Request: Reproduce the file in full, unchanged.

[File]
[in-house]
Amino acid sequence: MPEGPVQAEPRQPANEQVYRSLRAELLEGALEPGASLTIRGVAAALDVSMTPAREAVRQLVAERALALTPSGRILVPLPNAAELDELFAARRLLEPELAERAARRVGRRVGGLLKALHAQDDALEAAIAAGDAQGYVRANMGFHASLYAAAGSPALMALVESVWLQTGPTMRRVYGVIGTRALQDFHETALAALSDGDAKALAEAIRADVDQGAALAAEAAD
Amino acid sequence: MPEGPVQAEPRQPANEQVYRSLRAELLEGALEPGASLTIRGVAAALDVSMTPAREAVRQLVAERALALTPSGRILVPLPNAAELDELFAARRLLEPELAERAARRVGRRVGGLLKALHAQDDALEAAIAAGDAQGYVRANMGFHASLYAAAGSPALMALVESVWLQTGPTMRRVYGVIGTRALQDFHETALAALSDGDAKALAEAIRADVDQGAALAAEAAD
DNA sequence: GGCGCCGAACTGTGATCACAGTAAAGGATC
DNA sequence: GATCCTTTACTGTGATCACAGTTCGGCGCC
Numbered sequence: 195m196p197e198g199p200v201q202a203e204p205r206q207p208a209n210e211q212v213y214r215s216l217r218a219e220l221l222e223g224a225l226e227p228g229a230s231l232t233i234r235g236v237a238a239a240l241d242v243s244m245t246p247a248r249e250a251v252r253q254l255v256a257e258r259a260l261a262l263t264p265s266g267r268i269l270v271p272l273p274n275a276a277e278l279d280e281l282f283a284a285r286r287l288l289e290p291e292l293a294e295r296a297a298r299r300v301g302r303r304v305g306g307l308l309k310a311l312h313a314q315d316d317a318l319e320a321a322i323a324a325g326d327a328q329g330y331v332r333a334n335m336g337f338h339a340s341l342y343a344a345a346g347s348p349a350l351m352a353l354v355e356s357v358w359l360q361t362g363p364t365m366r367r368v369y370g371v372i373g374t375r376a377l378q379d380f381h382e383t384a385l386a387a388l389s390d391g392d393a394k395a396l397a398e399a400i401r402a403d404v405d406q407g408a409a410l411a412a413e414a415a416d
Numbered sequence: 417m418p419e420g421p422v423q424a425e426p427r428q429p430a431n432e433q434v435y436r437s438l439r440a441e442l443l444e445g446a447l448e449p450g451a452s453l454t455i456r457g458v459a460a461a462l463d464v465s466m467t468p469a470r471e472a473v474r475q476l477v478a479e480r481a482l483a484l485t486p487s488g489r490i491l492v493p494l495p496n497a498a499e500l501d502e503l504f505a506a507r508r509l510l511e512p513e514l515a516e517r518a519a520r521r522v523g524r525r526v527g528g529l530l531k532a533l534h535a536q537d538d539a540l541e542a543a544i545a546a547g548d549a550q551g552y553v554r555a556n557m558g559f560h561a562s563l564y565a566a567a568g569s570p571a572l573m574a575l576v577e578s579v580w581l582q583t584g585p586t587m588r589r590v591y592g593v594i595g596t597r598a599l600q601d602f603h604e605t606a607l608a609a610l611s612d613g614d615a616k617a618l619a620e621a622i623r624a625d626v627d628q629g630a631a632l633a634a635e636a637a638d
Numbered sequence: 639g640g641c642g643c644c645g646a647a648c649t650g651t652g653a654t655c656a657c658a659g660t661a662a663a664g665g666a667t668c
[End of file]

[in-house]
Amino acid sequence: MPEGPVQAEPRQPANEQVYRSLRAELLEGALEPGASLTIRGVAAALDVSMTPAREAVRQLVAERALALTPSGRILVPLPNAAELDELFAARRLLEPELAERAARRVGRRVGGLLKALHAQDDALEAAIAAGDAQGYVRANMGFHASLYAAAGSPALMALVESVWLQTGPTMRRVYGVIGTRALQDFHETALAALSDGDAKALAEAIRADVDQGAALAAEAAD
Amino acid sequence: MPEGPVQAEPRQPANEQVYRSLRAELLEGALEPGASLTIRGVAAALDVSMTPAREAVRQLVAERALALTPSGRILVPLPNAAELDELFAARRLLEPELAERAARRVGRRVGGLLKALHAQDDALEAAIAAGDAQGYVRANMGFHASLYAAAGSPALMALVESVWLQTGPTMRRVYGVIGTRALQDFHETALAALSDGDAKALAEAIRADVDQGAALAAEAAD
DNA sequence: GGCGCCGAACTGTGATCACAGTAAAGGATC
DNA sequence: GATCCTTTACTGTGATCACAGTTCGGCGCC
Numbered sequence: 195m196p197e198g199p200v201q202a203e204p205r206q207p208a209n210e211q212v213y214r215s216l217r218a219e220l221l222e223g224a225l226e227p228g229a230s231l232t233i234r235g236v237a238a239a240l241d242v243s244m245t246p247a248r249e250a251v252r253q254l255v256a257e258r259a260l261a262l263t264p265s266g267r268i269l270v271p272l273p274n275a276a277e278l279d280e281l282f283a284a285r286r287l288l289e290p291e292l293a294e295r296a297a298r299r300v301g302r303r304v305g306g307l308l309k310a311l312h313a314q315d316d317a318l319e320a321a322i323a324a325g326d327a328q329g330y331v332r333a334n335m336g337f338h339a340s341l342y343a344a345a346g347s348p349a350l351m352a353l354v355e356s357v358w359l360q361t362g363p364t365m366r367r368v369y370g371v372i373g374t375r376a377l378q379d380f381h382e383t384a385l386a387a388l389s390d391g392d393a394k395a396l397a398e399a400i401r402a403d404v405d406q407g408a409a410l411a412a413e414a415a416d
Numbered sequence: 417m418p419e420g421p422v423q424a425e426p427r428q429p430a431n432e433q434v435y436r437s438l439r440a441e442l443l444e445g446a447l448e449p450g451a452s453l454t455i456r457g458v459a460a461a462l463d464v465s466m467t468p469a470r471e472a473v474r475q476l477v478a479e480r481a482l483a484l485t486p487s488g489r490i491l492v493p494l495p496n497a498a499e500l501d502e503l504f505a506a507r508r509l510l511e512p513e514l515a516e517r518a519a520r521r522v523g524r525r526v527g528g529l530l531k532a533l534h535a536q537d538d539a540l541e542a543a544i545a546a547g548d549a550q551g552y553v554r555a556n557m558g559f560h561a562s563l564y565a566a567a568g569s570p571a572l573m574a575l576v577e578s579v580w581l582q583t584g585p586t587m588r589r590v591y592g593v594i595g596t597r598a599l600q601d602f603h604e605t606a607l608a609a610l611s612d613g614d615a616k617a618l619a620e621a622i623r624a625d626v627d628q629g630a631a632l633a634a635e636a637a638d
Numbered sequence: 639g640g641c642g643c644c645g646a647a648c649t650g651t652g653a654t655c656a657c658a659g660t661a662a663a664g665g666a667t668c